There are a lot of people who are able to enjoy being hobby entrepreneurs because their joy is in the process, not in the outcome. So they make maybe $10–40K on the side doing something they love, and they’re satisfied with that because they don’t need to make a billion dollars to be happy. If you’ve gotten to a point in your life where you can’t ditch everything to follow your dreams, being a hobbyist can often give you the best of both worlds.
imageI love my job but I want to do my own blog and my own hustle. But I’m crippled when it comes to executing.
One of the hardest things about making your dream, or your small business, or your blog, or whatever is just doing it. Taking that first step can often be the only thing standing in your way, because once you start getting sh@t done, the momentum just carries you forward.
There’s no doubt that taking that first step can be terrifying. I get it. I really do. But I also have to wonder, would you be so afraid if you knew no one was watching? See, I think what really scares people is not fear of failure, but fear of failing in front of someone who matters. Like your mom or dad. Your best friend. A sibling. A mentor. A spouse. None of us wants to disappoint someone we admire.
But if you want to be an entrepreneur—if that’s what you really, really want—you cannot give a sh@t about what other people think of you. Not even your parents.
I won’t lie—people will criticize you. They will say mean things, maybe even hateful things, often because they’re jealous that you had the guts to get out there and do your thing, or because they love you very much and are scared for you. And that’s okay. If you truly trust and believe in yourself, you will learn to ignore them and they will learn to accept your decisions. And if you fail and people laugh at you, they’re not worth your time. Ignore them.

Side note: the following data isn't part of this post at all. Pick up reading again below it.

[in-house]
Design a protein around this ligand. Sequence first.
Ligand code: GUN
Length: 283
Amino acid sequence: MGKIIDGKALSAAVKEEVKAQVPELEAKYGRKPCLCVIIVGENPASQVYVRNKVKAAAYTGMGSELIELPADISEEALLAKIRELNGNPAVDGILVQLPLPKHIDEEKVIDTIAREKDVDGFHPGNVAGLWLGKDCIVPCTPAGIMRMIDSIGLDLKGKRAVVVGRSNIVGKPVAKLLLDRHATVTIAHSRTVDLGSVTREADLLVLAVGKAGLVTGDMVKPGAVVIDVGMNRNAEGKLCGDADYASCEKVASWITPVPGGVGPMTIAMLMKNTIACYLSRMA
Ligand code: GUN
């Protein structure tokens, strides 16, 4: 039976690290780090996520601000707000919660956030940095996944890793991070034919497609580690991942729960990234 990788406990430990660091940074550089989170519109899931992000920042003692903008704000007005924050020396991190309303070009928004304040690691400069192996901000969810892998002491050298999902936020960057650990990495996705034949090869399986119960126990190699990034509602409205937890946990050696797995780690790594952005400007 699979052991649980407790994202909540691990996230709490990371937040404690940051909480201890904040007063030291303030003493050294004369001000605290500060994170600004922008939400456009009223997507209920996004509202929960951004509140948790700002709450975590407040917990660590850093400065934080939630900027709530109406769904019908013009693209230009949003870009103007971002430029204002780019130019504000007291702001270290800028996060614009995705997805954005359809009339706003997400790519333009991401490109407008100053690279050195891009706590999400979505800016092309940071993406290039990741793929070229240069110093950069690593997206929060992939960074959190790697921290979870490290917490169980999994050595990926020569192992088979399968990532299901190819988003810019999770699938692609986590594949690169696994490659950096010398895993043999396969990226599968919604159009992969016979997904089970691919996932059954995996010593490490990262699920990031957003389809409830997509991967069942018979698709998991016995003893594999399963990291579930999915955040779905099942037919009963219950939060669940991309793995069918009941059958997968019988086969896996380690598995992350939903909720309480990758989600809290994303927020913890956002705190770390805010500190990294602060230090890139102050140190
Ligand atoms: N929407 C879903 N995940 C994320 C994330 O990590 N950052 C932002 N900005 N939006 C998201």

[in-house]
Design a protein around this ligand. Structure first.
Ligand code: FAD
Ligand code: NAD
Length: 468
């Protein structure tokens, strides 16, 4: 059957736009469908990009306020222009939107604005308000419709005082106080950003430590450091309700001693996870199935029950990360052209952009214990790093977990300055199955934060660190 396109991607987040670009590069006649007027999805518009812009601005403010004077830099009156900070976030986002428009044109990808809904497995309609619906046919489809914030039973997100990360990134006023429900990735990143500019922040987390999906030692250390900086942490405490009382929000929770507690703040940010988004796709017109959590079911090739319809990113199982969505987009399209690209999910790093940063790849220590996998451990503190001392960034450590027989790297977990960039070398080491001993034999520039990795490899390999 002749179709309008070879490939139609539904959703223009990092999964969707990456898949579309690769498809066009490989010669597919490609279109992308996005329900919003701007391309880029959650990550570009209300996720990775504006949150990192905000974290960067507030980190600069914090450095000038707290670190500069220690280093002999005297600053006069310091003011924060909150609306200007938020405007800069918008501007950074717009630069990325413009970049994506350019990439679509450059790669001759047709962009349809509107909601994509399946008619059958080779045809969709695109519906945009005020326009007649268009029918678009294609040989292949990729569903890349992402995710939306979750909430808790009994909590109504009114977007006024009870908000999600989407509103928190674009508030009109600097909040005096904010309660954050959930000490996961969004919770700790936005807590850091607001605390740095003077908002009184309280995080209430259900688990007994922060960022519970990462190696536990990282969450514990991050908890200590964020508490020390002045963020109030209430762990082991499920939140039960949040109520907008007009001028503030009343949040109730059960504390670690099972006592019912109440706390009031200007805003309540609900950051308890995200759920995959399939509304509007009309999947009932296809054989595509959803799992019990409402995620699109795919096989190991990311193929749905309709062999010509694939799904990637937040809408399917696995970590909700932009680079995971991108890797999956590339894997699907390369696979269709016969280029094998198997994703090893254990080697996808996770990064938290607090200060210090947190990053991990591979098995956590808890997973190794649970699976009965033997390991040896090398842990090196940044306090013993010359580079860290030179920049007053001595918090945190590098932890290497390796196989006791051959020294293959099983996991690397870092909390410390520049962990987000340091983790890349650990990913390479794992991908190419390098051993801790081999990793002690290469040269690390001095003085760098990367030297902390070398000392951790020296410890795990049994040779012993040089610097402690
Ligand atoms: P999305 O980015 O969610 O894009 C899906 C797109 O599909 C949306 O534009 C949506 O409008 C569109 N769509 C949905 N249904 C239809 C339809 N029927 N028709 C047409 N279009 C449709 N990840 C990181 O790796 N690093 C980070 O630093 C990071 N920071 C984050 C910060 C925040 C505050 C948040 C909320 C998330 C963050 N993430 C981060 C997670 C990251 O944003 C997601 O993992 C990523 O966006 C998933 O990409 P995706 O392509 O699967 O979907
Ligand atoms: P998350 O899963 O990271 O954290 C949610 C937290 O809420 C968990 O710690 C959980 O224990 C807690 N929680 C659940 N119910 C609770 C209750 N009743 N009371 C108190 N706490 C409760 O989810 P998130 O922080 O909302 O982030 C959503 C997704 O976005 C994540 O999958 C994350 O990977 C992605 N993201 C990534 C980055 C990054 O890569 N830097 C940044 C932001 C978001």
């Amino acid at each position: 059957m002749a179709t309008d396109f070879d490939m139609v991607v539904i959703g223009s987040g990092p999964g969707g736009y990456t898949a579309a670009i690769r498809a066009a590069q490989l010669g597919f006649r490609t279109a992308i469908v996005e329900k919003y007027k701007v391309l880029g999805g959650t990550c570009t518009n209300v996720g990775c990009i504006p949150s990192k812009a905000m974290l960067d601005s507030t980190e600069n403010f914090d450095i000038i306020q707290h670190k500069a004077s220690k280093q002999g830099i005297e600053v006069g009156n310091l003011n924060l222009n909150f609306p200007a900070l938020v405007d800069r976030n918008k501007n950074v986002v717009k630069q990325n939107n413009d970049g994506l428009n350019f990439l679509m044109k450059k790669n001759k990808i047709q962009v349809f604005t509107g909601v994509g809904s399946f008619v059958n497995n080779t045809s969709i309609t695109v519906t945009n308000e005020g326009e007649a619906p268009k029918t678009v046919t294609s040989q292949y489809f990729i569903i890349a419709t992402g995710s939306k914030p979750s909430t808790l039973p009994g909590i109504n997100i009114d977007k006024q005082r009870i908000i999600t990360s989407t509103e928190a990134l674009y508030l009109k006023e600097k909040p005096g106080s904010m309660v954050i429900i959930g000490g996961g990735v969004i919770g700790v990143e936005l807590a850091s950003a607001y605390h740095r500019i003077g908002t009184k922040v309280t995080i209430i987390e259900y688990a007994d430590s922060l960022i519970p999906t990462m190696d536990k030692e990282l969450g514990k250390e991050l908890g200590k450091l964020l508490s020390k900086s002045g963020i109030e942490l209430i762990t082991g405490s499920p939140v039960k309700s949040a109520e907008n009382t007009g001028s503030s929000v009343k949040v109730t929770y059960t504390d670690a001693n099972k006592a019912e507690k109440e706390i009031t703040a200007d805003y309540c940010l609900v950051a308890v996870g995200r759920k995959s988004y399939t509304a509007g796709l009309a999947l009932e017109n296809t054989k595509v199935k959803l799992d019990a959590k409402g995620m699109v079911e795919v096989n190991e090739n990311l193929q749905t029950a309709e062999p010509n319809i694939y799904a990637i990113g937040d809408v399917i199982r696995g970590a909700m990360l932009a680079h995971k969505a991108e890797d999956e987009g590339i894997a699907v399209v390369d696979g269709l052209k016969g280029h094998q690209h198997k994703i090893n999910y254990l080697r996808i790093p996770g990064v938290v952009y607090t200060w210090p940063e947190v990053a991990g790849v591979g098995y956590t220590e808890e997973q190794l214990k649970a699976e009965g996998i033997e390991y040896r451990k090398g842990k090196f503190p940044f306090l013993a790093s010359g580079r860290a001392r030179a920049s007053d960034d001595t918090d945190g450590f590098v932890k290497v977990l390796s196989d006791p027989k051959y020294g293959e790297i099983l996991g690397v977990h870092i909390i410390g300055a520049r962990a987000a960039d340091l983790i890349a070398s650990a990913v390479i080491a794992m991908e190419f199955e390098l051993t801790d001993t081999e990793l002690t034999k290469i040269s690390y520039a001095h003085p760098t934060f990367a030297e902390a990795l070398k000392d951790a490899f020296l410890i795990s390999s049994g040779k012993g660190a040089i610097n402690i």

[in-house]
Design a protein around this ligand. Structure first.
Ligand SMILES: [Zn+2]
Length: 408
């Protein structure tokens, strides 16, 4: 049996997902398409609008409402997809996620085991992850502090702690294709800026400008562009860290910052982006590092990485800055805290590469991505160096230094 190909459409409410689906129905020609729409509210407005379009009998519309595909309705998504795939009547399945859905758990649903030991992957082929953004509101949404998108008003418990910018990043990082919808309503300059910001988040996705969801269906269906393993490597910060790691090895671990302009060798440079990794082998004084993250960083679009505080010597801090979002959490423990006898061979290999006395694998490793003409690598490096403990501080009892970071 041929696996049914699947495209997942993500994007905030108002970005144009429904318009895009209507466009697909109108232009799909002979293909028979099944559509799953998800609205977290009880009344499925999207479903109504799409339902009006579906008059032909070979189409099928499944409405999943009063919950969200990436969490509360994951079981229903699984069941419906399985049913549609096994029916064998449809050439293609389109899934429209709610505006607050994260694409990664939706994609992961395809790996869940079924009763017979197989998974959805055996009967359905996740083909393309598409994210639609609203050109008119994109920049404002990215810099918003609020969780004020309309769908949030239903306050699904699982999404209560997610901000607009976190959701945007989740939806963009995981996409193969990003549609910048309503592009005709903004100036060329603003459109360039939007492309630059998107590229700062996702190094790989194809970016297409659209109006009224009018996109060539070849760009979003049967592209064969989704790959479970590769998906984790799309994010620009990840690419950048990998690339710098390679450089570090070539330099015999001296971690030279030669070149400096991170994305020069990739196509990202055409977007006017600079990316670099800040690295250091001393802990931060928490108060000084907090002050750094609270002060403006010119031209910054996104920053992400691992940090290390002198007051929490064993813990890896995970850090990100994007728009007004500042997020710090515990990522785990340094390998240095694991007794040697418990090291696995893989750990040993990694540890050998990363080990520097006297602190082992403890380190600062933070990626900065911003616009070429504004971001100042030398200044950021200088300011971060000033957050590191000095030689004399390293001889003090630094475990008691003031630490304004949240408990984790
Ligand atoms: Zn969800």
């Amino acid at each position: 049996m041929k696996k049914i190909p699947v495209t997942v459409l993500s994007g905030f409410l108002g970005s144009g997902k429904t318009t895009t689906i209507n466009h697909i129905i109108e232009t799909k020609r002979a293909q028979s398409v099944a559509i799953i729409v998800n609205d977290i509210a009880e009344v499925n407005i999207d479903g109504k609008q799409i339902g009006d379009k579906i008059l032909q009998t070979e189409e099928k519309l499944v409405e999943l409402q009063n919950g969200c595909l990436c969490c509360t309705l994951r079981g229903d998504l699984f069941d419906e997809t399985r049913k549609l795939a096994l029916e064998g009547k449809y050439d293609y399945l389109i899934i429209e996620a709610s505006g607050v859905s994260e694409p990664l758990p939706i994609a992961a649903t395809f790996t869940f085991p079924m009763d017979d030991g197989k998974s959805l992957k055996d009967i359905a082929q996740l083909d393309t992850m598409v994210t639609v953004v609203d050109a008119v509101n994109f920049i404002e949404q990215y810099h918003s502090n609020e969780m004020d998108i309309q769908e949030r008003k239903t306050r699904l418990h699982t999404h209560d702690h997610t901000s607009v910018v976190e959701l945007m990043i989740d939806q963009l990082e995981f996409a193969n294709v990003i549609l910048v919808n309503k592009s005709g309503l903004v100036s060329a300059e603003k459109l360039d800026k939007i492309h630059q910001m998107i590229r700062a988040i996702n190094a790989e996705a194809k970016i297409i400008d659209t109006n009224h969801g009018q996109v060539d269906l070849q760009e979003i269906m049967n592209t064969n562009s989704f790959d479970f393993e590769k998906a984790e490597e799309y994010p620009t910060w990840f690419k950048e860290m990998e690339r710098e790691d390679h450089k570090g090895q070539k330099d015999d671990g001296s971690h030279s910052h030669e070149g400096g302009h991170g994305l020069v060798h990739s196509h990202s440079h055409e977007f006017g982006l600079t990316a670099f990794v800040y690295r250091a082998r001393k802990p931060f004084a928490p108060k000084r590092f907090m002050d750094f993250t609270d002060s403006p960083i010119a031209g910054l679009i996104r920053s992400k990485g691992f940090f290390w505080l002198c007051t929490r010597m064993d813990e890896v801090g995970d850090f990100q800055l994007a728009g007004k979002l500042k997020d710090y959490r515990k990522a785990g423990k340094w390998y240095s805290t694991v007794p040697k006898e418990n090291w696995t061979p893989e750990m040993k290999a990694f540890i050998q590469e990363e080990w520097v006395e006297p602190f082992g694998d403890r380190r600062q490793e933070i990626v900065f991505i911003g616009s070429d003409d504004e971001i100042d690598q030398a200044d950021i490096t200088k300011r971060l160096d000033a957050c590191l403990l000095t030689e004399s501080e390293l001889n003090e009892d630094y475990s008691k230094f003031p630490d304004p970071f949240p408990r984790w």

If fear is holding you back, think about whose opinion matters the most to you, and then sit down with that person or those people face-to-face. And this is what you say: “I’m about to do this thing, and the only reason I haven’t yet is because I don’t want to let you down. This is a long journey and I know I’m going to make it in the end, but I need to know that if I stumble, you won’t think less of me or turn away. Because that would crush me.” Anyone with a heart would be touched by such vulnerability and show of respect. Who wouldn’t be honored to learn that his or her opinion meant that much to you? Chances are good they’ll promise to have your back. And hopefully that’s all you’ll need to take the next step. You want to surround yourself with people who are going to stand by you and encourage you to get back up, not keep you down.
imageWhat’s the best way to deal with someone who is negative about entrepreneurship? What if it’s your mom?
You know what’s great about entrepreneurship? At the end of the day, one of you is going to be right. Who’s it going to be? The best way to handle this is to stick it to your mom. Go out and execute and enjoy saying, “I told you so.”
Because you must know that her negativity doesn’t mean that she doesn’t believe in entrepreneurship—it’s that she doesn’t believe in you. That probably hurts. I hope it also pisses you off. Nothing gets me more worked up than someone who doesn’t believe in me.